Kangaroo can communicate with humans, study says


Melbourne, Australia – When they feel hungry, they will tell you by coming over you and looking at your food container.

If that doesn’t work, they will sniff your foot and claw you.

No, we are not talking about dogs. We are talking about kangaroos.

Researchers at the University of Rohampton in the UK and the University of Sydney in Australia say that such behavior led them to a startling discovery: kangaroos can communicate with humans in the same way that dogs, horses and goats are domesticated. Never do.

Researchers said that the kangaroo is the first wild animal to exhibit a behavior that is commonly seen in domesticated species. Until now, researchers had hypothesized that such intersection communications existed only in animals that had evolved with humans.

The study showed that Australian marsupials had a high degree of intelligence.

The researchers said they hoped the results would persuade people, especially Australians, to treat kangaroos with more care. Although they bear arms on the country’s coat and are regarded as national treasures, they are also seen as a nuisance and are drawn annually due to their overgrowth.

According to official estimates, Australia had around 50 million kangaroos in 2017, double the human population. Farmers complain that kangaroos eat pastures for livestock, while researchers believe they are a threat to endangered wildlife by destroying habitats and eating reptiles.

“There is a part of the population that thinks they are insect and mute and want to shoot them,” said the paper’s lead author, Alan McIlligott. “I think that if the wider public has a greater understanding of an animal’s cognitive abilities, it is easy to sell the idea that we should take the best possible care with them.”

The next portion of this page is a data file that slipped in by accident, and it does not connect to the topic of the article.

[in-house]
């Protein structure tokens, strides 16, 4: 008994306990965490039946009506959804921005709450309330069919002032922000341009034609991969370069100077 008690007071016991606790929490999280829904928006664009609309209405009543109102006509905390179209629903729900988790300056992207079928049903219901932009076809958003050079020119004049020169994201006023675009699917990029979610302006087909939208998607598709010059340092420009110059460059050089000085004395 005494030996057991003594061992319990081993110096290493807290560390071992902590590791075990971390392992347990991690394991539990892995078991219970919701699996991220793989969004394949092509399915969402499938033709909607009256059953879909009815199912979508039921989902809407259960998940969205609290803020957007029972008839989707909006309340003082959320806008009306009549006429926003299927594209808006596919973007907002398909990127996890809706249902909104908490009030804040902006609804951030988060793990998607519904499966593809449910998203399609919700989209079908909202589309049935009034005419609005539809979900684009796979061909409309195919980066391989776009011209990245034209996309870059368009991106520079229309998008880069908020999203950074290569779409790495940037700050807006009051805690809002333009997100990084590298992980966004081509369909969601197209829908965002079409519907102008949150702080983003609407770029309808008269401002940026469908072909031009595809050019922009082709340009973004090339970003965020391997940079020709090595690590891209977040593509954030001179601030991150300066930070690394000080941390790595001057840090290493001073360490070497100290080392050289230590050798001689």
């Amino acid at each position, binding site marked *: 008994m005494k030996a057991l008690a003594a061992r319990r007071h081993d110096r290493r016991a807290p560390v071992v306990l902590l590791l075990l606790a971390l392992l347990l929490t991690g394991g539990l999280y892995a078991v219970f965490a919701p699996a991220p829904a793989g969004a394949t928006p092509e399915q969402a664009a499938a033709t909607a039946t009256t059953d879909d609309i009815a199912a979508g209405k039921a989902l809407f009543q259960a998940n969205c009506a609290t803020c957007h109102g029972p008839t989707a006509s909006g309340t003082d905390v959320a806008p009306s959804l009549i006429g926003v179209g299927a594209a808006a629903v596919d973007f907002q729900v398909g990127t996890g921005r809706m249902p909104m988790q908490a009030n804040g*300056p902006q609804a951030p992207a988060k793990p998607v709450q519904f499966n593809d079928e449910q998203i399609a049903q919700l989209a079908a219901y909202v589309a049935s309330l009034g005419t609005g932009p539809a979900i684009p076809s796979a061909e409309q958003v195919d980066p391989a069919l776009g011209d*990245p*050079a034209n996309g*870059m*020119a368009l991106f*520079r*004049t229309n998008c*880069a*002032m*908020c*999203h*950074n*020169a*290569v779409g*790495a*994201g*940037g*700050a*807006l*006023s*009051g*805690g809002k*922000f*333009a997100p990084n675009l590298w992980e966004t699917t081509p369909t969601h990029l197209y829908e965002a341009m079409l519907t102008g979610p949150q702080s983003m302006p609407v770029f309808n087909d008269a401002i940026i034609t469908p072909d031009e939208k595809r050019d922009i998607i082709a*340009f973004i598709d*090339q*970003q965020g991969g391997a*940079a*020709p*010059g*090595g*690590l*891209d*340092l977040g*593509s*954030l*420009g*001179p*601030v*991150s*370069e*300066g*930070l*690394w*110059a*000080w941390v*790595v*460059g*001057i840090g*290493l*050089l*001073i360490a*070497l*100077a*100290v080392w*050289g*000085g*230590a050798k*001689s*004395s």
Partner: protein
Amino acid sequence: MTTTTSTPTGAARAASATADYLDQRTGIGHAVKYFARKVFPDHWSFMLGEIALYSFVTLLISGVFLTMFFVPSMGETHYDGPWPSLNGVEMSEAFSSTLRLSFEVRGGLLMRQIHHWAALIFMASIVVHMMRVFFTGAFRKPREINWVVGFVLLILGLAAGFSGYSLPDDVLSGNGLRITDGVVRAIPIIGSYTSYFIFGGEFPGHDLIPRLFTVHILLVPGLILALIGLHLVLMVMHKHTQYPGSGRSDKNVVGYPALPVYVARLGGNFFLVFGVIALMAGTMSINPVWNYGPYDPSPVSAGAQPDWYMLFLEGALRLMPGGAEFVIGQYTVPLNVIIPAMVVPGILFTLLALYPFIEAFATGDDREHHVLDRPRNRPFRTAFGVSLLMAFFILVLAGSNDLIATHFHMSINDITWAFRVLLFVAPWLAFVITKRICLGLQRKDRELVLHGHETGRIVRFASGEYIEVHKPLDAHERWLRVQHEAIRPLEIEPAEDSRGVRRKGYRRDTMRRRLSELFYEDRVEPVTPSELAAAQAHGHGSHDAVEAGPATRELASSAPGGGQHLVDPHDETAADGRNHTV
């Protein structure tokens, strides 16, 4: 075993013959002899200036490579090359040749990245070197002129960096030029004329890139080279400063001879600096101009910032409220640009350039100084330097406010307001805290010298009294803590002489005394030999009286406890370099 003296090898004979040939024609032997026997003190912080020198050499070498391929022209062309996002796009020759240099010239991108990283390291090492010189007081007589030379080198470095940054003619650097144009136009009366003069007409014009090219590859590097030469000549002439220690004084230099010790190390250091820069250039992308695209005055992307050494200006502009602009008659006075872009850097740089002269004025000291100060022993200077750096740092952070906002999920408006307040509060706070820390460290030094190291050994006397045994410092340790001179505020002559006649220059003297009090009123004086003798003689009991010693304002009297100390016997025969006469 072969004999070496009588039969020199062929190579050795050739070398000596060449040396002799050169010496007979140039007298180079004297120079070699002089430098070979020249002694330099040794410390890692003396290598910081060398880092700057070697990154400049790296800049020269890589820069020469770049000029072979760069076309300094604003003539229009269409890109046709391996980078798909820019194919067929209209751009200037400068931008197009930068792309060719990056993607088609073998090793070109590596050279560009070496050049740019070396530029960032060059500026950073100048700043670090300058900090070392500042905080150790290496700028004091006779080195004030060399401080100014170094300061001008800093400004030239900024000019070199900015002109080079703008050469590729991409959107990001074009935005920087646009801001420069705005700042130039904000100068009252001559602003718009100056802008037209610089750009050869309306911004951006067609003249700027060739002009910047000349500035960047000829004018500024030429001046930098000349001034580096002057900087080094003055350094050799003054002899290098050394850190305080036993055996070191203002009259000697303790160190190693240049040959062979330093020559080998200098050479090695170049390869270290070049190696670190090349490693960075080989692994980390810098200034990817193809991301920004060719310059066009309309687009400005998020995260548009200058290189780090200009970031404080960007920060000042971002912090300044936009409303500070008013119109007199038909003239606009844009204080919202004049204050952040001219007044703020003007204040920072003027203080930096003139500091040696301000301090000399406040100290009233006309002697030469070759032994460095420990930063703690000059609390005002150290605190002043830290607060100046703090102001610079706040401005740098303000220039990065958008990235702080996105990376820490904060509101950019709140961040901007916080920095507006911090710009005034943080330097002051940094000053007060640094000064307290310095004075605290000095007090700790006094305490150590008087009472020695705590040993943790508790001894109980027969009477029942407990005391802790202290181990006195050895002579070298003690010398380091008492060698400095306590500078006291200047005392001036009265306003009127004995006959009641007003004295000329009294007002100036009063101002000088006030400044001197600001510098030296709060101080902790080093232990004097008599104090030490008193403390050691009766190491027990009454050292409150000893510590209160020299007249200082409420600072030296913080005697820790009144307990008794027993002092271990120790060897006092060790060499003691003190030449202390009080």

Researchers trained and tested 11 kangaroos from Australian zoos over eight days last year to get food from a box. They then locked the box, making it impossible for them to access the food without help.

Initially, the kangaroo sniffed and scratched the box. But once they realized that they could not open it, they turned their attention to Dr. They turned to McCligot, who was with them in the enclosure.

“The kangaroos saw me and they took this type of gaze alternately – looking at the box, on my back, on the box, behind me,” said Dr. McLeagott, who previously worked at Rohampton University and now now Is an Associate Professor at City University of Hong Kong.

“Some of the kangaroos approached me and started sniffing my knee and scratching my knee,” he said. “If it was a dog you’d call it ping.”

Ten out of the 11 kangaroos involved in the study actively participated in Drs. McLigot looked up, and Nine took turns alternately between him and the box containing the food.

“They were deliberately trying to communicate their desire to help them get food out of the box,” said Alexandra Green, an animal behavior and welfare researcher at the University of Sydney, who co-authored the paper.

Dr. Green says that she believes that kangaroo behavior is a modification of how they communicate with each other.

“They are a social species and will use these signals interchangeably,” she said. “In a captive setting, where humans are present, they are probably able to adapt to this ability to communicate with humans.”

The kangaroo used in the study – which was published in Biology Letters on Wednesday, a peer-review, scientific journal published by the Royal Society – was not entirely wild, as it would have been dangerous for researchers. They were reared in zoos and were familiar to humans, but were still considered without reason.

Dr. McLigot said that in another similar study done with wolves, as another undisputed animal, wolves attacked boxes of food only with their teeth, rather than making any attempt to seek help from humans.

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